[0:00] Marinko Marijolovic:
So before we get started, we’ll just kind of tell you guys a little bit about our companies. So you guys just kind of have a vibe from our perspective as to where we’re coming from. So I work for certain brands. We’re a company that’s owned by Shurtech. We got two locations in the Avon, Ohio location, which is outside of Cleveland, Ohio, and our headquarters is in Hickory, North Carolina outside of Charlotte, North Carolina. Our company is fairly centralized. So finance is centralized all through one reporting structure, but we are in different locations. So I handle all the credit collections, cash, AR, anything related to that realm, and my whole team sits in Avon but my boss and the General Accounting folks, for example, are in North Carolina. We are primarily a manufacturer of tape products. So the gaffers tape you see on the carpet most likely was probably made by us but we sell to the room tail side for to Home Depot, Walmart folks that would resell the product to us, the consumer. So some of our brands are like frog tape or T-rex or anything that’s got like a little duck on it, we made it. If you’ve gone and bought shelf liners as an easy liner on it, it was all us. And then we’ve got another part of the business that sells to the industrial side. And there were selling to people that are incorporating our products within their products. So either they say they’re using packing tape in their production process or they’re using electrical tape to repair their plans, things of that nature. So we’ve got the business by split 60-40 between the retail, we refer to it as a consumer versus industrial. And like I said, my group handles both and obviously, they function differently. So we have to kind of take both into consideration when we are doing any changes or any kind of technology. It’s brought in.
[2:03] Marinko Marijolovic:
No, you got nothing. Oh yeah. There you go.
[2:18] Elizabeth Chamorro:
I don’t know anything about technology. My name is Elizabeth Chamorro. I work for Yaskawa, America. We have been in the United States since 1969. Our parent company is based out of Japan. Worldwide, we have over 7000 employees with over $4 billion in sales. Here in the United States, we opened the doors in 1969 to distribute a product manufacturer in Japan, and now we do full manufacturers in the United States. We’re not a distributor anymore. And we have about 1000 employees for the Americas, with over $600 million in sales. The headquarters in Waukegan, Illinois, but we have three manufacturing facilities- Ohio, Illinois and Wisconsin. Basically, we manufacture products for factory automation so we do AC servos, drives, motors for big industries to automate the processes cutting the way in the semiconductor business. Some of our customers are again in the semiconductor automotive because we also make robots, the arms for the car industry, plastic, oil, oil, and gas is a big industry for us. And the way we distributor a product that customer bases OEMs, we go to service rep companies and OEMs.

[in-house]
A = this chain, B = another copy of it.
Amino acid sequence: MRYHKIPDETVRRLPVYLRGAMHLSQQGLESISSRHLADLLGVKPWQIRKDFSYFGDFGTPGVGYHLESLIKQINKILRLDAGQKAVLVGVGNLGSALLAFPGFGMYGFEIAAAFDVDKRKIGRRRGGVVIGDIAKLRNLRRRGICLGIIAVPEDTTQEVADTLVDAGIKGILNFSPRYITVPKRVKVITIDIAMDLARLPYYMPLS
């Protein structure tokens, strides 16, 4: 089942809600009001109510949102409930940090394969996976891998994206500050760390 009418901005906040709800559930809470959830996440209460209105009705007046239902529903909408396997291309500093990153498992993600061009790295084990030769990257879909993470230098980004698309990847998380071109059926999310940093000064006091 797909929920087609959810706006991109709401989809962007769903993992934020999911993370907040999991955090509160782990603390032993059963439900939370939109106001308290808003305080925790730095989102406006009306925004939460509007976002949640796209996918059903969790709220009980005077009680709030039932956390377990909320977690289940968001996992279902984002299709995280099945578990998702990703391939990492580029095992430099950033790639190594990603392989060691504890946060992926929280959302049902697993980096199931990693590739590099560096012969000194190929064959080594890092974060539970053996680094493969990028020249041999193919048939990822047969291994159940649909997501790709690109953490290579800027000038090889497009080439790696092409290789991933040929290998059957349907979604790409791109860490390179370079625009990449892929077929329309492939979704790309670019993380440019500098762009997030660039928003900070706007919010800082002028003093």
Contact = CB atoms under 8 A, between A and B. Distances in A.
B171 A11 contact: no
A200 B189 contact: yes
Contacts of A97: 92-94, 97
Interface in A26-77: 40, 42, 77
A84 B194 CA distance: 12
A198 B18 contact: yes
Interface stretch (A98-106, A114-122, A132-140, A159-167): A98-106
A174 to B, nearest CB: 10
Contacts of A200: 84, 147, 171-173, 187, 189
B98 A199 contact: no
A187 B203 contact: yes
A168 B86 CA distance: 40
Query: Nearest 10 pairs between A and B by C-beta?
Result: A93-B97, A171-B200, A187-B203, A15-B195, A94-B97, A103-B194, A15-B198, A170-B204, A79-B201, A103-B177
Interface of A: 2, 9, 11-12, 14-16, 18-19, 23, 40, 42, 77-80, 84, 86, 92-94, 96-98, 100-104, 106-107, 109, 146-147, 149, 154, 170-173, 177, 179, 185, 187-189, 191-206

[4:04] Marinko Marijolovic:
Alright, so we’ll get started. So what we’re going to cover in this session is just the customer experience in the order cash process and then a five-step guide in creating a more customers centric AR process.
[4:22] Elizabeth Chamorro:
Okay, let’s start with the experience of you know the customer experience window and business. We will receive the statistics from the Hackett group and HighRadius was kind enough to share with me, their 73% of the C suite in the financial executives, they identified that customer experience is in the top five for your use of theirs. But as we go through the presentation, you will see that even though the acceptance is high, the adoption still remains very low. We’re still functioning. When they talk about customers’ experience from order to cash, I think we spend a lot of time more in the order to billing and it stops right there, they think that’s the end of the cycle. Whatever we do, we have to always do it in mind that what is best for the customer, what is in it for the customer. As I said before, most of the initiatives, the money that you have, are allocated later to projects from the product. You want to make sure that you manufacture a quality product, that you deliver the product, that you have your logistics in place in order to sell that product and get it to the customer. Well, in this scenario again, as I said before, they spend a lot of time and spend a lot of money on making that part of the business in successful areas, but they always forget about this life. I always tell my groups, there’s life after building right? We all deal being in the credit field, what do we have to make sure that the billionaires correct when they issue credits that they create a cycle, right? We’re the ones applying the cash, we’re the ones dealing with the customer. So we are in front of that, we are the first ones to be in front of the customer after the sales rep because we are creating that customer on the computer. And we go all the way to submit them to collections, possibly sewing them because they’re not paying you. And the problem is that for many decades, finance has always been seen as a cost center. So there’s not a lot of initiatives. There’s not a lot of money invested to really have a customer-centric and really service and have all customer service from order to cash.